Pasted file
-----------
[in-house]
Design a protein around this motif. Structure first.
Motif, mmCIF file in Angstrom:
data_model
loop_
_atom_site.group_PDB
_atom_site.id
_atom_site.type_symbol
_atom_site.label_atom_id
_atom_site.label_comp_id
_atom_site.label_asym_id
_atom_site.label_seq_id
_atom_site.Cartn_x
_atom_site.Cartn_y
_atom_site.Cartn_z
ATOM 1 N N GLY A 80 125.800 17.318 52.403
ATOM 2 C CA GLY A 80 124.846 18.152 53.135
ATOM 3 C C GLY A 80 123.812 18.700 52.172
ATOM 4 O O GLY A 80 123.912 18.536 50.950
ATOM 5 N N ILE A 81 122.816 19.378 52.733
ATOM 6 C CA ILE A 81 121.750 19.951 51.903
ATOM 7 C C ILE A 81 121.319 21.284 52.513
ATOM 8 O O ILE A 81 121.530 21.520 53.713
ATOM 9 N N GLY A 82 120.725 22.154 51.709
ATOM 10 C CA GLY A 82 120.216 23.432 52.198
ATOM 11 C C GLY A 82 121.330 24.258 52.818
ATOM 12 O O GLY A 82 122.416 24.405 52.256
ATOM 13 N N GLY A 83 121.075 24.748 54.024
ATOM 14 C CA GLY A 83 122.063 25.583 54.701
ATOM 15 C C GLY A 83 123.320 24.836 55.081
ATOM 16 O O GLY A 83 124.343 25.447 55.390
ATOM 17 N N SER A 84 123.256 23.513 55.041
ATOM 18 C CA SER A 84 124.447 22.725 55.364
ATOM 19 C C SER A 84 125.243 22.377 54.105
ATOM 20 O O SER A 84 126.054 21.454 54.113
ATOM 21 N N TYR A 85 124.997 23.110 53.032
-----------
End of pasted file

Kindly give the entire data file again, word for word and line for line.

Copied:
[in-house]
Design a protein around this motif. Structure first.
Motif, mmCIF file in Angstrom:
data_model
loop_
_atom_site.group_PDB
_atom_site.id
_atom_site.type_symbol
_atom_site.label_atom_id
_atom_site.label_comp_id
_atom_site.label_asym_id
_atom_site.label_seq_id
_atom_site.Cartn_x
_atom_site.Cartn_y
_atom_site.Cartn_z
ATOM 1 N N GLY A 80 125.800 17.318 52.403
ATOM 2 C CA GLY A 80 124.846 18.152 53.135
ATOM 3 C C GLY A 80 123.812 18.700 52.172
ATOM 4 O O GLY A 80 123.912 18.536 50.950
ATOM 5 N N ILE A 81 122.816 19.378 52.733
ATOM 6 C CA ILE A 81 121.750 19.951 51.903
ATOM 7 C C ILE A 81 121.319 21.284 52.513
ATOM 8 O O ILE A 81 121.530 21.520 53.713
ATOM 9 N N GLY A 82 120.725 22.154 51.709
ATOM 10 C CA GLY A 82 120.216 23.432 52.198
ATOM 11 C C GLY A 82 121.330 24.258 52.818
ATOM 12 O O GLY A 82 122.416 24.405 52.256
ATOM 13 N N GLY A 83 121.075 24.748 54.024
ATOM 14 C CA GLY A 83 122.063 25.583 54.701
ATOM 15 C C GLY A 83 123.320 24.836 55.081
ATOM 16 O O GLY A 83 124.343 25.447 55.390
ATOM 17 N N SER A 84 123.256 23.513 55.041
ATOM 18 C CA SER A 84 124.447 22.725 55.364
ATOM 19 C C SER A 84 125.243 22.377 54.105
ATOM 20 O O SER A 84 126.054 21.454 54.113
ATOM 21 N N TYR A 85 124.997 23.110 53.032